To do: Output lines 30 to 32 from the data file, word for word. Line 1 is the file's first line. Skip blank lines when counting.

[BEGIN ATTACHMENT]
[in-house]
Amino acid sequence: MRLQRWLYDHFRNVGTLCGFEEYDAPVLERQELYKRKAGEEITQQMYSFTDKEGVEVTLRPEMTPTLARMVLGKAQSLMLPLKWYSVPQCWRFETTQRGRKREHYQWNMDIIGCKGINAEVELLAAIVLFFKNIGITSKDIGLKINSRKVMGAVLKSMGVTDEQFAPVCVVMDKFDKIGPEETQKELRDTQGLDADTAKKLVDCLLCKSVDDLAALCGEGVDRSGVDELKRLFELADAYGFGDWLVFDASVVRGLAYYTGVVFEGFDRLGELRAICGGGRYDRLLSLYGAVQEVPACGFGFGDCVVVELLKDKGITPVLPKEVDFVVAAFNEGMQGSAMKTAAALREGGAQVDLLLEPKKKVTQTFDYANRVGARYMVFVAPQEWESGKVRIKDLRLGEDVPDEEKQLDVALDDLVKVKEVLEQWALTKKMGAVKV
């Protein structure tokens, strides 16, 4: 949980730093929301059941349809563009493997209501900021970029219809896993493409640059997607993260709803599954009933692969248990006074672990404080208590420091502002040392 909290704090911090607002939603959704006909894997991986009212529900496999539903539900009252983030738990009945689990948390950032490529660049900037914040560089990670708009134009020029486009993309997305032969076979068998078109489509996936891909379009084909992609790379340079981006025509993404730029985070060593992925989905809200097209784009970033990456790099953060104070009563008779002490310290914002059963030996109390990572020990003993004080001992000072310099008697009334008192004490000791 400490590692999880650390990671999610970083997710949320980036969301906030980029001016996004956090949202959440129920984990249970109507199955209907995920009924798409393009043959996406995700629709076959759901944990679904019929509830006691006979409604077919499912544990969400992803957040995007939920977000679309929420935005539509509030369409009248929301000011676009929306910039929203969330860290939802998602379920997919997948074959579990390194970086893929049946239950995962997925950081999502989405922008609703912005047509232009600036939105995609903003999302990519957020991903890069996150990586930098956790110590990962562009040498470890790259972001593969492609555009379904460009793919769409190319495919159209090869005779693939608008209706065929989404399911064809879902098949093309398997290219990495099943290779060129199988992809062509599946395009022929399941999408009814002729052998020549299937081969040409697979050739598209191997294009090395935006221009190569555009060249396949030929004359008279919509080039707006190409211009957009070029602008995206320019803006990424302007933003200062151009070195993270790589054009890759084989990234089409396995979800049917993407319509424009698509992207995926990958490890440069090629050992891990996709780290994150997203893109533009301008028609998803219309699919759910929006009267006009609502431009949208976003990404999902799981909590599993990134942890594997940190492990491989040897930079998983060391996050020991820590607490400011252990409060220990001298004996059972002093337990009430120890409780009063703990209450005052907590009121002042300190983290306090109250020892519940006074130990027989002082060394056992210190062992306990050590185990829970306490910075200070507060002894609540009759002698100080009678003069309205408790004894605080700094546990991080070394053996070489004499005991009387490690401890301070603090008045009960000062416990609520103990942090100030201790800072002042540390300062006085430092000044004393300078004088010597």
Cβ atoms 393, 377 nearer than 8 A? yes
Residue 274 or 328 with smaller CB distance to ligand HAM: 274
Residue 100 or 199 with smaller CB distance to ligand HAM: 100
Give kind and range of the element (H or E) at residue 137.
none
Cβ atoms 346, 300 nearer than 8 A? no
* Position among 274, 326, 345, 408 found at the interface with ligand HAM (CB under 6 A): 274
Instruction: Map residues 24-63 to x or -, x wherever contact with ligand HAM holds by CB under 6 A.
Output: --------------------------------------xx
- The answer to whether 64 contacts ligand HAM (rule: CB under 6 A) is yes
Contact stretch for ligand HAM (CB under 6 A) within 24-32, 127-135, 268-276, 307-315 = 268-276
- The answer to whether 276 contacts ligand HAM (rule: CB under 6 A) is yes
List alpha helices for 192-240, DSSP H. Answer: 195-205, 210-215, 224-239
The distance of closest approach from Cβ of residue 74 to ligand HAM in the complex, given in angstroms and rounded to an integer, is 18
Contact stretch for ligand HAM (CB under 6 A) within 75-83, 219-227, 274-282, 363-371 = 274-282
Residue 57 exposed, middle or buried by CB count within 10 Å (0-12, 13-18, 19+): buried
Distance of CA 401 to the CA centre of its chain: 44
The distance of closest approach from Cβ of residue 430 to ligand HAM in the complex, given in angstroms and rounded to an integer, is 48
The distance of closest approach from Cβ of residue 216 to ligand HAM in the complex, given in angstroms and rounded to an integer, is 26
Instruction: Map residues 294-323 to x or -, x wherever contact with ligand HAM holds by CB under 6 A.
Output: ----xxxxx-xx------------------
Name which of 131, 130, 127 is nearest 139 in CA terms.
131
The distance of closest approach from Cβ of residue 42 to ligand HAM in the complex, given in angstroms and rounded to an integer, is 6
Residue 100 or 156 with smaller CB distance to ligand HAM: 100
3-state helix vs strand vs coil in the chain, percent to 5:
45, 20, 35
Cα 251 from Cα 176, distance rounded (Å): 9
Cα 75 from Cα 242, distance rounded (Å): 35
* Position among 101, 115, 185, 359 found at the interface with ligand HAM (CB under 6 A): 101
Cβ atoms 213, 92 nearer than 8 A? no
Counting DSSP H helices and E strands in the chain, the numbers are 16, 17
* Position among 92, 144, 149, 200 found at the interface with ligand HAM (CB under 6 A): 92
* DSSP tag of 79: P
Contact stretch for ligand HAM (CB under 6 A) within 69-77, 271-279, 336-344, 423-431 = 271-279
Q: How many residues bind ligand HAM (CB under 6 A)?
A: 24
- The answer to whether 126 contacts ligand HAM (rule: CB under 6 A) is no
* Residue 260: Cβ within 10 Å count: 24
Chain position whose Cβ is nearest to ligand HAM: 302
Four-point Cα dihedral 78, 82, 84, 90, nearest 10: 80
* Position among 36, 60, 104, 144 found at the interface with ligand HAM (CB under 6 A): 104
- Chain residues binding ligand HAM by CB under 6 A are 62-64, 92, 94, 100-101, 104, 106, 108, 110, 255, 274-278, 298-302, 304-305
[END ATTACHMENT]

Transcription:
45, 20, 35
Cα 251 from Cα 176, distance rounded (Å): 9
Cα 75 from Cα 242, distance rounded (Å): 35